MURDER IN EXOTIC PLACES, continued.
Last month, I wrote about books set on the Indian subcontinent. How about books set in Africa? I have never been to Africa, but I’ve read Paul Theroux’s Dark Star Safari. The subtitle is “Overland from Cairo to Capetown.” Think about that for a minute. Not a journey for the faint of heart! But not one you have to make, because you can read a blow-by-blow that offers all the wit and keen observation of the most astute, acerbic and entertaining travel writer ever.
I loved that book, but I must have murder, and fortunately Africa is the setting for several outstanding detective series. Among the very best are Malla Nunn’s Emmanuel Cooper
novels, set in South Africa during the 1950s, at the height of the Apartheid era. Malla Nunn is from Swaziland in South Africa and now resides in Australia.
All four books in her series are excellent. I started with the third, Blessed are the Dead, in which a young Zulu woman is murdered in the Drakensberg Mountains. This is a dark, gritty and well-plotted murder mystery with a fascinating geographic, social and political setting. I highly recommend it. Her latest is Present Darkness.
If you prefer light and delightful to dark and gritty, The Saturday Big Tent Wedding Party is a wonderful read. It’s the twelfth book in the No. 1 Ladies Detective Agency series by Scottish author Alexander McCall Smith. The books are set in Gabarone, Botswana, and the main character is the wise and charming Precious Ramotswe.
You may already know about these books, since they have been wildly popular for more than ten years now, but did you know that there are fifteen books in the series? Here’s a checklist, so you can be sure you’ve read them all. The BBC/HBO television series captures the books perfectly, by the way; Season 1 is available on Amazon Video.
Less well known, and also set in Botswana, are the Kubu mysteries, by Michael Sears and Stanley Trollip, who publish as Michael Stanley. Both men were born in Africa and have traveled extensively there all their lives. Their lovable detective is the portly David Benga, affectionately known as Kubu (the Setsama word for hippopotamus). The series achieves a perfect balance between light humor and serious crime. A Carrion Death, their debut, is a good place to start. There are four Kubu books altogether, plus a cook book.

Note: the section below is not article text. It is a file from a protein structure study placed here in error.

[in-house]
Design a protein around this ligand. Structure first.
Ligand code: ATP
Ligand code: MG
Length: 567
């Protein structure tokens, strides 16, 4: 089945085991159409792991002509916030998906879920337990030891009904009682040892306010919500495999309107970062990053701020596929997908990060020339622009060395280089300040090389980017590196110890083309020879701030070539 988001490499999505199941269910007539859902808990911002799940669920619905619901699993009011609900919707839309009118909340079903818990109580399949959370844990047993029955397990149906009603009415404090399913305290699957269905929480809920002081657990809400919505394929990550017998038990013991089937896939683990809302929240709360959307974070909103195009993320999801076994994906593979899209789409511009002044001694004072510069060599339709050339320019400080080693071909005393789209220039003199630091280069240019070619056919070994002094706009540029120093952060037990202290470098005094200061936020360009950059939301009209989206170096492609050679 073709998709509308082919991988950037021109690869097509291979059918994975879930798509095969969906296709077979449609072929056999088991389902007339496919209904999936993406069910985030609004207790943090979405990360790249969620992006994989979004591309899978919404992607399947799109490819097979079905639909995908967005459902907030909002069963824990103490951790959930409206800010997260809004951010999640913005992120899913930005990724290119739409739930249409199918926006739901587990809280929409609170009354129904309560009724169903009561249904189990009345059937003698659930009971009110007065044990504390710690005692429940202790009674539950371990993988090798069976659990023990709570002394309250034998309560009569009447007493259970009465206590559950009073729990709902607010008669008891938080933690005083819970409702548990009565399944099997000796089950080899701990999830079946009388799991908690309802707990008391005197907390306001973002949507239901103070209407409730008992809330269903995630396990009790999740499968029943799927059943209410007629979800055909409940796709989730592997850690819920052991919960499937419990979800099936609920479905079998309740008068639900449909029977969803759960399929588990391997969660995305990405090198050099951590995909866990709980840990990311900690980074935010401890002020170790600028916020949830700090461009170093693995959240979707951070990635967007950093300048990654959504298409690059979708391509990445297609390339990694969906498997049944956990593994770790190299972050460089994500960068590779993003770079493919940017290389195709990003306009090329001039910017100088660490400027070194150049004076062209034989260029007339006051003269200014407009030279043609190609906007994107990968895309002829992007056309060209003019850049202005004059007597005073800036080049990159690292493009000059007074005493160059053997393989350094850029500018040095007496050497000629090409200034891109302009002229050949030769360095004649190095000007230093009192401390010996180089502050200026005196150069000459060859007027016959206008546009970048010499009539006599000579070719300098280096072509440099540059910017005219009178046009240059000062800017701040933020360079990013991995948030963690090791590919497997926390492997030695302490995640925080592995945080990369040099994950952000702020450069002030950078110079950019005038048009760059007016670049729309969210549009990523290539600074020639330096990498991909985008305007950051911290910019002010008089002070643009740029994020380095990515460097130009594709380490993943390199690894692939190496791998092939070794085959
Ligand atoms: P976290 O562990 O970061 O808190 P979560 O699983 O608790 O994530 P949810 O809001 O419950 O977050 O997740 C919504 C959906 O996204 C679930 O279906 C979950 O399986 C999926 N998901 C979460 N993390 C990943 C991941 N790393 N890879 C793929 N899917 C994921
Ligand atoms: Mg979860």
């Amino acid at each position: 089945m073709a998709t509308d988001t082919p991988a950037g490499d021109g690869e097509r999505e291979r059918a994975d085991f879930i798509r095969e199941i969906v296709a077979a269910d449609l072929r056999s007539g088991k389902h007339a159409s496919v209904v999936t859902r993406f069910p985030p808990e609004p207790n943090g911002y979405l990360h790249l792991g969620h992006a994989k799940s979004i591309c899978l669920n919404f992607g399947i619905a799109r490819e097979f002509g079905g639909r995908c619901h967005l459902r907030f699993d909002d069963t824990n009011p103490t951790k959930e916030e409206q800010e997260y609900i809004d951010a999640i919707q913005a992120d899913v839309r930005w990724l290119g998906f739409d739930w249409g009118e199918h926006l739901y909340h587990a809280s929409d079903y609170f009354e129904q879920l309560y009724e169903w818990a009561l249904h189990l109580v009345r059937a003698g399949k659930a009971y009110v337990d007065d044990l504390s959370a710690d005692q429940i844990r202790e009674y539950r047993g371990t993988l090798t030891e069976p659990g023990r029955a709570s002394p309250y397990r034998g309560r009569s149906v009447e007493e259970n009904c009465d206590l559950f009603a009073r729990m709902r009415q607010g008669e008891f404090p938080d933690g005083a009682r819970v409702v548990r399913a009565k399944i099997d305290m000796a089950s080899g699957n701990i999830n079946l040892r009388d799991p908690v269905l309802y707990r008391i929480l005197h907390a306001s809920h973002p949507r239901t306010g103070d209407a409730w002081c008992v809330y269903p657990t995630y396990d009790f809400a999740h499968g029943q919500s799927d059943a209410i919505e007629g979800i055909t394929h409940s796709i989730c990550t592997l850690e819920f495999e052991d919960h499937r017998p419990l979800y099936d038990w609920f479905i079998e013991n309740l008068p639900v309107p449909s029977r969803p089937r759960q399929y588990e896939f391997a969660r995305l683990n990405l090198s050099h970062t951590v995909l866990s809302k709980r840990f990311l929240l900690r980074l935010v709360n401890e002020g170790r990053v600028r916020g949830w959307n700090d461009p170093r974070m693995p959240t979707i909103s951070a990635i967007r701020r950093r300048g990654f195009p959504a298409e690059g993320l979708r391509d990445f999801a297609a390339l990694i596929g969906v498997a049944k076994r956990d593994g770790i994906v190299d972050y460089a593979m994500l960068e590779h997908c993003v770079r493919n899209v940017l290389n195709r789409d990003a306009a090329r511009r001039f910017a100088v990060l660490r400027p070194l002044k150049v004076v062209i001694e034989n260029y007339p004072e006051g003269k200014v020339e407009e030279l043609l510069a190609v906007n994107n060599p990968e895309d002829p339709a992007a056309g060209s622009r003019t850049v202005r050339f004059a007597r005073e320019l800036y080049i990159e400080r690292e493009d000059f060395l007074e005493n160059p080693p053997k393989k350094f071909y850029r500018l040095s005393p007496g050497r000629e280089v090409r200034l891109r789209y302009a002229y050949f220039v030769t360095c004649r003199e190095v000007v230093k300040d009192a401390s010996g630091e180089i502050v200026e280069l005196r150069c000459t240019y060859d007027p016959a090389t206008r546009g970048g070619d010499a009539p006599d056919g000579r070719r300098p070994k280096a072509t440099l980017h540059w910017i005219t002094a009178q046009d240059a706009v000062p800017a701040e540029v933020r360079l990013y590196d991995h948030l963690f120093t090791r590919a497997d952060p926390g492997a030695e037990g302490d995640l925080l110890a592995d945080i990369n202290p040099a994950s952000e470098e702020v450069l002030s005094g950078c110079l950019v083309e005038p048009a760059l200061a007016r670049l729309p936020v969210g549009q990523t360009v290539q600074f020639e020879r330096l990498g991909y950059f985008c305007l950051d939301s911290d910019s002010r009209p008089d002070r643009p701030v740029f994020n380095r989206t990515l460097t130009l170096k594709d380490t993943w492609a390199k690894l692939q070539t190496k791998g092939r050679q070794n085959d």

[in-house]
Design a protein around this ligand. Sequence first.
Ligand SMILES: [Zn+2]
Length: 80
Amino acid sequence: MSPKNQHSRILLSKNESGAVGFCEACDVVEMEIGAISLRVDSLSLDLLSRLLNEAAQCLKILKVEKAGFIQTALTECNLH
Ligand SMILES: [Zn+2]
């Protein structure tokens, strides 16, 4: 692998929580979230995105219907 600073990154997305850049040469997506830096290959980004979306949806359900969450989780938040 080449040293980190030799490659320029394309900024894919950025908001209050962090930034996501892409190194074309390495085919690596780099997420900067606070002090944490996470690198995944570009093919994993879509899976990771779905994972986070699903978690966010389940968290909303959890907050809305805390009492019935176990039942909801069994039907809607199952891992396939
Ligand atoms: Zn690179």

But actually, if it’s African food you crave (and if you have ever tried African food, you surely crave it), try Jessica Harris’s Africa Cookbook, Tastes of a Continent. Babotie! Curried cabbage! Pigeon Pie! It takes all day to cook, and a village to eat, such a dinner!
MM Kaye, you may recall from the first post in this series (Murder in Exotic Places) was born in India and lived there much of her life. After India’s independence, she followed her husband, a Major-General in the British Army, to Africa. There she wrote two more romantic suspense novels: Death in Kenya and Death in Zanzibar.
I stumbled on MM Kaye’s mysteries when researching my own book, Lay Death at Her Door. My main character, Kate Cranbrook, is from Kenya, daughter of American ex-patriates, and events from her teenage years in Nairobi reach across decades of her life to haunt her.
Finally, I have just discovered a series of mysteries by Kwei Quartey. I’m currently enjoying Death at the Voyager Hotel, set in Ghana. I’m close to the end, and I don’t know whodunnit yet!
Next: Mysteries set in the Far East.